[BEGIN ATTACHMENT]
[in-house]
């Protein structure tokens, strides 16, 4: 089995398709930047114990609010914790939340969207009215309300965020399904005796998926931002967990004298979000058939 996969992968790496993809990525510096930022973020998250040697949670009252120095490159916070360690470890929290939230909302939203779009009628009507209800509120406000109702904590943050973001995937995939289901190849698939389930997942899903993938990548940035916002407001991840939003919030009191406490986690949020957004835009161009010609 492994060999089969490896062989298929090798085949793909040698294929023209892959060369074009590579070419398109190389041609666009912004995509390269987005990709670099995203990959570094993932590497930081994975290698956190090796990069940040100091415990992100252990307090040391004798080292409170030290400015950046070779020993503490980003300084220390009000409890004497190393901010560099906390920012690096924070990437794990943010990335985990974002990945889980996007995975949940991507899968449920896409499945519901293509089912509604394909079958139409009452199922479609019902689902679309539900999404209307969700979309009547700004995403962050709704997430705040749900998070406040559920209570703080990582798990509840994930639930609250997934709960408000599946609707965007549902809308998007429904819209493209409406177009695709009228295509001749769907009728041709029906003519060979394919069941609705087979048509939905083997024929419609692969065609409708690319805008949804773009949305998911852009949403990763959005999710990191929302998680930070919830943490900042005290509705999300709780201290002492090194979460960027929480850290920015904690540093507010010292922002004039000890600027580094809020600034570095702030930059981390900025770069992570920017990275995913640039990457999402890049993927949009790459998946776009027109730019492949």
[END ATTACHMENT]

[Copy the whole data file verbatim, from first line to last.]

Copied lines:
[in-house]
């Protein structure tokens, strides 16, 4: 089995398709930047114990609010914790939340969207009215309300965020399904005796998926931002967990004298979000058939 996969992968790496993809990525510096930022973020998250040697949670009252120095490159916070360690470890929290939230909302939203779009009628009507209800509120406000109702904590943050973001995937995939289901190849698939389930997942899903993938990548940035916002407001991840939003919030009191406490986690949020957004835009161009010609 492994060999089969490896062989298929090798085949793909040698294929023209892959060369074009590579070419398109190389041609666009912004995509390269987005990709670099995203990959570094993932590497930081994975290698956190090796990069940040100091415990992100252990307090040391004798080292409170030290400015950046070779020993503490980003300084220390009000409890004497190393901010560099906390920012690096924070990437794990943010990335985990974002990945889980996007995975949940991507899968449920896409499945519901293509089912509604394909079958139409009452199922479609019902689902679309539900999404209307969700979309009547700004995403962050709704997430705040749900998070406040559920209570703080990582798990509840994930639930609250997934709960408000599946609707965007549902809308998007429904819209493209409406177009695709009228295509001749769907009728041709029906003519060979394919069941609705087979048509939905083997024929419609692969065609409708690319805008949804773009949305998911852009949403990763959005999710990191929302998680930070919830943490900042005290509705999300709780201290002492090194979460960027929480850290920015904690540093507010010292922002004039000890600027580094809020600034570095702030930059981390900025770069992570920017990275995913640039990457999402890049993927949009790459998946776009027109730019492949």